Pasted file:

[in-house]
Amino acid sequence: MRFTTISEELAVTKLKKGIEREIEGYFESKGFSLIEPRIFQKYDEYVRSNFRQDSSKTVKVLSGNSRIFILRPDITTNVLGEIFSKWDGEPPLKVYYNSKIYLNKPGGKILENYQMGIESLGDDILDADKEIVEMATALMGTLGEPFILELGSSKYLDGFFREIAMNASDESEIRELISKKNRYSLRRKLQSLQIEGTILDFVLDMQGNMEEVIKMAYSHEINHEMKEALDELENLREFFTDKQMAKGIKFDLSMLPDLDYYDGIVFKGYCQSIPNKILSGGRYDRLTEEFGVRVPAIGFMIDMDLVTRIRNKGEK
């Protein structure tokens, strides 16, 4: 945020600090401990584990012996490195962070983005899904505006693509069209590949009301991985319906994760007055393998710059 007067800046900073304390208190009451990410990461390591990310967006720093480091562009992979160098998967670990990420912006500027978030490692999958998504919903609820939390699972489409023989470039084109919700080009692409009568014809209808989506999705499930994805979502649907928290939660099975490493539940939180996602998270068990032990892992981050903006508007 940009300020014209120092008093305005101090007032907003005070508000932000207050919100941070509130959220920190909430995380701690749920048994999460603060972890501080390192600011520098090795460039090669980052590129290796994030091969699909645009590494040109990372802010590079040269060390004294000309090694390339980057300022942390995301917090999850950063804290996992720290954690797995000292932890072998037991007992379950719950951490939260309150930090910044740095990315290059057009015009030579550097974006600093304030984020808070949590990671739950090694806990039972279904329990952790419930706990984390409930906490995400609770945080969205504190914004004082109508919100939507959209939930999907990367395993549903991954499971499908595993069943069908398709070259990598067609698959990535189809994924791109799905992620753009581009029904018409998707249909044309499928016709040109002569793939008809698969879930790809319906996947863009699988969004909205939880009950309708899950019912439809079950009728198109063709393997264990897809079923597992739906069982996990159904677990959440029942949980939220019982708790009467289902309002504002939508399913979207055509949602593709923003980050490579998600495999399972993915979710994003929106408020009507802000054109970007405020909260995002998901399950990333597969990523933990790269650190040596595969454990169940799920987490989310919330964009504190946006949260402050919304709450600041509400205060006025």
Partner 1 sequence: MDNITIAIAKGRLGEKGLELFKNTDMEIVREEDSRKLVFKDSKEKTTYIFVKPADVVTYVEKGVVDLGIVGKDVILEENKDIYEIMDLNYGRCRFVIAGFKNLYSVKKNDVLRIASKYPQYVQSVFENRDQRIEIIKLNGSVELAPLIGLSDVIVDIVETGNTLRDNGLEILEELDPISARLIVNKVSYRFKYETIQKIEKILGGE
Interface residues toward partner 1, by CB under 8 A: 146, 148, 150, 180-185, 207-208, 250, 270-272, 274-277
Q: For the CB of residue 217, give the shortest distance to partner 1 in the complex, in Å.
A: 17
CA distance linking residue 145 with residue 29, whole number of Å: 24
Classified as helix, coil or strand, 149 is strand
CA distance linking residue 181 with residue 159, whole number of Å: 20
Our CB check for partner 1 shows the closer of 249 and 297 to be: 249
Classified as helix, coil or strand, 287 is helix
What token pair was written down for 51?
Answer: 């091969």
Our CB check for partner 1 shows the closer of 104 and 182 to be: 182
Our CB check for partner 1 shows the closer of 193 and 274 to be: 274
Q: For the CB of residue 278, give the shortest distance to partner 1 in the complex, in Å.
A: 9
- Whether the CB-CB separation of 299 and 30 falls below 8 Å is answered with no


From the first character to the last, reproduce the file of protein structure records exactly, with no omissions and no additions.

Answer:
[in-house]
Amino acid sequence: MRFTTISEELAVTKLKKGIEREIEGYFESKGFSLIEPRIFQKYDEYVRSNFRQDSSKTVKVLSGNSRIFILRPDITTNVLGEIFSKWDGEPPLKVYYNSKIYLNKPGGKILENYQMGIESLGDDILDADKEIVEMATALMGTLGEPFILELGSSKYLDGFFREIAMNASDESEIRELISKKNRYSLRRKLQSLQIEGTILDFVLDMQGNMEEVIKMAYSHEINHEMKEALDELENLREFFTDKQMAKGIKFDLSMLPDLDYYDGIVFKGYCQSIPNKILSGGRYDRLTEEFGVRVPAIGFMIDMDLVTRIRNKGEK
């Protein structure tokens, strides 16, 4: 945020600090401990584990012996490195962070983005899904505006693509069209590949009301991985319906994760007055393998710059 007067800046900073304390208190009451990410990461390591990310967006720093480091562009992979160098998967670990990420912006500027978030490692999958998504919903609820939390699972489409023989470039084109919700080009692409009568014809209808989506999705499930994805979502649907928290939660099975490493539940939180996602998270068990032990892992981050903006508007 940009300020014209120092008093305005101090007032907003005070508000932000207050919100941070509130959220920190909430995380701690749920048994999460603060972890501080390192600011520098090795460039090669980052590129290796994030091969699909645009590494040109990372802010590079040269060390004294000309090694390339980057300022942390995301917090999850950063804290996992720290954690797995000292932890072998037991007992379950719950951490939260309150930090910044740095990315290059057009015009030579550097974006600093304030984020808070949590990671739950090694806990039972279904329990952790419930706990984390409930906490995400609770945080969205504190914004004082109508919100939507959209939930999907990367395993549903991954499971499908595993069943069908398709070259990598067609698959990535189809994924791109799905992620753009581009029904018409998707249909044309499928016709040109002569793939008809698969879930790809319906996947863009699988969004909205939880009950309708899950019912439809079950009728198109063709393997264990897809079923597992739906069982996990159904677990959440029942949980939220019982708790009467289902309002504002939508399913979207055509949602593709923003980050490579998600495999399972993915979710994003929106408020009507802000054109970007405020909260995002998901399950990333597969990523933990790269650190040596595969454990169940799920987490989310919330964009504190946006949260402050919304709450600041509400205060006025």
Partner 1 sequence: MDNITIAIAKGRLGEKGLELFKNTDMEIVREEDSRKLVFKDSKEKTTYIFVKPADVVTYVEKGVVDLGIVGKDVILEENKDIYEIMDLNYGRCRFVIAGFKNLYSVKKNDVLRIASKYPQYVQSVFENRDQRIEIIKLNGSVELAPLIGLSDVIVDIVETGNTLRDNGLEILEELDPISARLIVNKVSYRFKYETIQKIEKILGGE
Interface residues toward partner 1, by CB under 8 A: 146, 148, 150, 180-185, 207-208, 250, 270-272, 274-277
Q: For the CB of residue 217, give the shortest distance to partner 1 in the complex, in Å.
A: 17
CA distance linking residue 145 with residue 29, whole number of Å: 24
Classified as helix, coil or strand, 149 is strand
CA distance linking residue 181 with residue 159, whole number of Å: 20
Our CB check for partner 1 shows the closer of 249 and 297 to be: 249
Classified as helix, coil or strand, 287 is helix
What token pair was written down for 51?
Answer: 């091969």
Our CB check for partner 1 shows the closer of 104 and 182 to be: 182
Our CB check for partner 1 shows the closer of 193 and 274 to be: 274
Q: For the CB of residue 278, give the shortest distance to partner 1 in the complex, in Å.
A: 9
- Whether the CB-CB separation of 299 and 30 falls below 8 Å is answered with no